These days, writing about Istanbul’s old-school restaurants can be heartbreaking work. No sooner do we find out about a classic lunch spot than it turns out the place is about to be closed down to make way for yet another development project. Meanwhile, Istanbul’s relentless drive to modernize and “clean up” its streets has meant there is less and less room for traditional food vendors to operate. Continue »
Tag Results for 'grill'
Outside of Kristal Ocakbaşı, a small grill joint tucked away on a side street in the Pangaltı neighborhood, Obama sat greeting the regulars who streamed in to watch a soccer game while feasting on kebab. “What’s the news, Obama?” asked one man with shoulder-length white hair. “Selam aleykum, Obama,” said another. Continue »
We generally regard the Grand Bazaar as a place of punishment, a den of aggressive, wolf-like hustlers and innocent, lamb-like tourists wearing novelty fez hats. When we have to go, we like to think of ourselves as members of a prison SWAT team, sent in to search a cell for some specific item – Turkmen jewelry, hamam towels and, once, wedding rings. Continue »
Southeastern Turkey’s culinary mecca of Gaziantep is best known for its baklava and kebabs. But lately we’ve been thinking that it’s soup that may actually be the city’s real crowning glory. Not just any old soup, mind you, but beyran çorbası, a stupendously delicious lamb-based broth that is usually slurped down for breakfast in Gaziantep. Continue »
In 1922, reporting for the Toronto Daily Star from the borderlands of the Thrace region, Ernest Hemingway wrote of a “Silent, Ghastly Procession” of Christian refugees fleeing the advance of “the Turk.” The literature and art of the Christian Anatolians exiled in this period – from the films of Angelopoulos to the genre of Rembetiko music itself – is considerable and no doubt strengthens the identity of this diaspora today. Continue »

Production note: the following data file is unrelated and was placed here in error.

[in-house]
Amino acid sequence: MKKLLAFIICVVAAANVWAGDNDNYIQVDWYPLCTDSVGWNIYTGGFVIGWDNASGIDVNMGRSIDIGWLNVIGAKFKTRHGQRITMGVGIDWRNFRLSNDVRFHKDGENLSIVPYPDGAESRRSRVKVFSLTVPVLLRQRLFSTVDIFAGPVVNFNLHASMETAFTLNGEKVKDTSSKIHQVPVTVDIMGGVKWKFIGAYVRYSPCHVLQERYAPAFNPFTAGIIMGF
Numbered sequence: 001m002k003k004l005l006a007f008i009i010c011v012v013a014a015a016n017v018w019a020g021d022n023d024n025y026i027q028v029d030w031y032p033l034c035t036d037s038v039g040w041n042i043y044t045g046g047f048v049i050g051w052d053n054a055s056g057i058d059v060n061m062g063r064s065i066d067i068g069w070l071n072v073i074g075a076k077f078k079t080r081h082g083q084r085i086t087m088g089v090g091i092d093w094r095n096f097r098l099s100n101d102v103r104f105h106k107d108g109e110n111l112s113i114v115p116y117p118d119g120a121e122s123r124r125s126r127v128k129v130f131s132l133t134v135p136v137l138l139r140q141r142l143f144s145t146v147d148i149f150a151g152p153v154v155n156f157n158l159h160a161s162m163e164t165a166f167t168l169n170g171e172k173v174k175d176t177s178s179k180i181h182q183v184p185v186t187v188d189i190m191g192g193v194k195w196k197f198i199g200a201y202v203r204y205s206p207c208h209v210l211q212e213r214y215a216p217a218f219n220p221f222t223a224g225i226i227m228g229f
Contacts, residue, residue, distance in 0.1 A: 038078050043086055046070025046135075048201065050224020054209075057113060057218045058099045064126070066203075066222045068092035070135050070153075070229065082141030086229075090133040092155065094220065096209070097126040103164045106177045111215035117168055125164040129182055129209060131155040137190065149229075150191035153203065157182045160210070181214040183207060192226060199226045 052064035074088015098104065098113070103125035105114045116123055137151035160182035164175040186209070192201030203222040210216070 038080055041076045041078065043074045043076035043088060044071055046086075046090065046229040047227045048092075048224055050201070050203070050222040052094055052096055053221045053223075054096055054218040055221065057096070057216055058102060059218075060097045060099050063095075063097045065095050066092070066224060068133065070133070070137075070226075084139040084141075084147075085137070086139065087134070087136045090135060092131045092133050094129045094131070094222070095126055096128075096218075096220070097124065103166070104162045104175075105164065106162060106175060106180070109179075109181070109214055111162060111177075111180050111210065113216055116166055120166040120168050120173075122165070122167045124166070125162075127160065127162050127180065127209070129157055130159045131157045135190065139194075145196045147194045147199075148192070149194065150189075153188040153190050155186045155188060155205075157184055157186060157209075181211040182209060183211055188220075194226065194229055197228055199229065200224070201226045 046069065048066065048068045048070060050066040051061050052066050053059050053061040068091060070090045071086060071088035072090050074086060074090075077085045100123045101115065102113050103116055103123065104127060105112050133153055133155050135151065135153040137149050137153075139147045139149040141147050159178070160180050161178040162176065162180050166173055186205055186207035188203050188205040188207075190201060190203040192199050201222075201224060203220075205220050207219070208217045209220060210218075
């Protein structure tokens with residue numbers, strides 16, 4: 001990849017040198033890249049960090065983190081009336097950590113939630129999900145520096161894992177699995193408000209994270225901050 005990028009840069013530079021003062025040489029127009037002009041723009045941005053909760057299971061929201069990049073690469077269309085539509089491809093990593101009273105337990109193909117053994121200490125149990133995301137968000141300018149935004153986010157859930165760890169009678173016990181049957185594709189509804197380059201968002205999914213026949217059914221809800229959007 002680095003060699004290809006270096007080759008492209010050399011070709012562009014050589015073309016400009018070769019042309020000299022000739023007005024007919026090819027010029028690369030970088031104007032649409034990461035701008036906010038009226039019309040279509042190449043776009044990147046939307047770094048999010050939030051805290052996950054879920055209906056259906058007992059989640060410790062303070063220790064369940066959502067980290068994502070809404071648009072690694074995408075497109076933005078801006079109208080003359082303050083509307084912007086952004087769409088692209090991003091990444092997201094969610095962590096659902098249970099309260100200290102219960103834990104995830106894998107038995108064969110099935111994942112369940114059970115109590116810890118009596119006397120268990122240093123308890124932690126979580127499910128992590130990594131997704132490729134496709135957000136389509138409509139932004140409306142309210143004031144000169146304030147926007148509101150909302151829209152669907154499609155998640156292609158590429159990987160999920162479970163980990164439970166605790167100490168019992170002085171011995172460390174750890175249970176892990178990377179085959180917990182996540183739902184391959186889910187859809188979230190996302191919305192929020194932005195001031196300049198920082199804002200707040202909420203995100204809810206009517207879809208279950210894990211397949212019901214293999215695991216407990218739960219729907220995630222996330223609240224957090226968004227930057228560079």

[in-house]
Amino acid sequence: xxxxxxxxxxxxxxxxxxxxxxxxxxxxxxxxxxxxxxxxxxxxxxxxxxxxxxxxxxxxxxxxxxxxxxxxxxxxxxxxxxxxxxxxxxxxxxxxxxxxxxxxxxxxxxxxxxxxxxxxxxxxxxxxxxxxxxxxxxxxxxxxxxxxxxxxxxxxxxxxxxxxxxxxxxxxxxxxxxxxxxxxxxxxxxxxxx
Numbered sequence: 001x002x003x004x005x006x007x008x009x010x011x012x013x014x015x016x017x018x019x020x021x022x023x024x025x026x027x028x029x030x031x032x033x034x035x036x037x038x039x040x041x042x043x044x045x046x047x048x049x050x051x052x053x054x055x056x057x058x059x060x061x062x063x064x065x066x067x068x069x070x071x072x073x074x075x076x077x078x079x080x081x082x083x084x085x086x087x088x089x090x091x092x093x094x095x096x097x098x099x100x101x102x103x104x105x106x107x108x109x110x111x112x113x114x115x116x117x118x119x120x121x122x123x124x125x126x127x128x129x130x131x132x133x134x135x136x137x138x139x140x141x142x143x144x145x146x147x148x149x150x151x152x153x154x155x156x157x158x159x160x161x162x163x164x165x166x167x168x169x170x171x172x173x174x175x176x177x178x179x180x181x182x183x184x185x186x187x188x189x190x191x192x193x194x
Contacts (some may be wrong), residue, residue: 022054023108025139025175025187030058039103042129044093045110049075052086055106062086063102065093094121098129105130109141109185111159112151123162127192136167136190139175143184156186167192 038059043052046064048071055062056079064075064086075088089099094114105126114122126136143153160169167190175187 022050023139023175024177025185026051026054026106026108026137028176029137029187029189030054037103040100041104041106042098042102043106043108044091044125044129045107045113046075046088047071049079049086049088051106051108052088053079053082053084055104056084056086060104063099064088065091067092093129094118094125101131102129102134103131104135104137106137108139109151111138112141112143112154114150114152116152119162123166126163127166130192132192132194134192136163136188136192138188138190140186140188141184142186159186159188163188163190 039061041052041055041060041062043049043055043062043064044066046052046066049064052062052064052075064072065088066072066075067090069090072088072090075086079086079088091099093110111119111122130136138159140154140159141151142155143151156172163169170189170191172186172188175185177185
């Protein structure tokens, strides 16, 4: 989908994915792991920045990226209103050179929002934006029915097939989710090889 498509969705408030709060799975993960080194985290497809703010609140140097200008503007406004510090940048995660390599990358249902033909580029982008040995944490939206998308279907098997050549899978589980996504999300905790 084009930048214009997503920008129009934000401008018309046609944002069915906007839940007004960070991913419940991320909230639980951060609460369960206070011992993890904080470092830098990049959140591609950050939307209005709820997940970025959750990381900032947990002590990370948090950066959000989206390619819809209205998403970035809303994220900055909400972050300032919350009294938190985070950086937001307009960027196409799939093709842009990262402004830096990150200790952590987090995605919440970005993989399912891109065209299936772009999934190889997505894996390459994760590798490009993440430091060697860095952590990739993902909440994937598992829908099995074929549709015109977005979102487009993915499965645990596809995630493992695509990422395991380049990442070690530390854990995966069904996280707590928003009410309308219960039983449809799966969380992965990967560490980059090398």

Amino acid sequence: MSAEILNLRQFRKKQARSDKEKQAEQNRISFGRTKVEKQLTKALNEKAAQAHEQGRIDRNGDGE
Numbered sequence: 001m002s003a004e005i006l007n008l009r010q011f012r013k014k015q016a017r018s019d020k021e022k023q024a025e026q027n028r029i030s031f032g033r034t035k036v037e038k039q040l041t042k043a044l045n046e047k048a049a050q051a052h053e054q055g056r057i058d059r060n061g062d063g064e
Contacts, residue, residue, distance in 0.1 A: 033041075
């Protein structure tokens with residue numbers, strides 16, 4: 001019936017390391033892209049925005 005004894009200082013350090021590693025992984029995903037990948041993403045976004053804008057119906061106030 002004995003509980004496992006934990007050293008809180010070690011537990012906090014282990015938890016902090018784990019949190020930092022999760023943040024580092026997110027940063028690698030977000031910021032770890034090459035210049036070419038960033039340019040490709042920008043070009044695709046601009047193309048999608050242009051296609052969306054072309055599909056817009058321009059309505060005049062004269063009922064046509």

In Istanbul, if all you have is a street address for a restaurant, you are as good as lost. It’s all about proximity to landmarks, as in “postanedeki kokoreççi” (the kokoreç vendor near the post office) or “Süleymaniye’deki kuru fasulyeciler” (the bean eateries at Süleymaniye Mosque). This is the way we’ve learned to navigate this city and we’ve even found reason to tag some places according to our own associations. Continue »
In Barcelona, food markets are longtime culinary institutions beloved by both neighbors and chefs. Their intense sights, smells and sounds are a wonderful, chaotic amuse-bouche that stimulates our senses without our even opening our mouths to taste any of the products being sold. Continue »
One of the great joys of spring and summertime in Istanbul is the chance to get away for a day to one of the Princes’ Islands, the car-free and forested archipelago that is a short ferry ride away from the city. The only downside to an island hop is actually getting there. Continue »
In our imaginary primetime lineup, a reality show called “Pimp My Kebab Salon” transforms a drab kebab shop into a grill palace suited to the tastes of the latter-day sultans. Surfaces are suddenly gilded in gold, fountains appear and everything is reupholstered under the watchful eye of the boisterous host with tacky taste. If this TV series existed, a much-loved classic episode would take place at Hatay Has Kral Sofrası, a zany kebab restaurant in a part of the Aksaray district filled with lots of other establishments selling food from Southeast Turkey. Continue »
Editor’s note: This post wraps up our special series this week featuring our top street food picks in all of the Culinary Backstreets cities.
As rapidly as Istanbul marches toward its modern destiny, street food in this city is still served the old-fashioned way, by boisterous ustas with a good pitch and, sometimes, a really good product. Continue »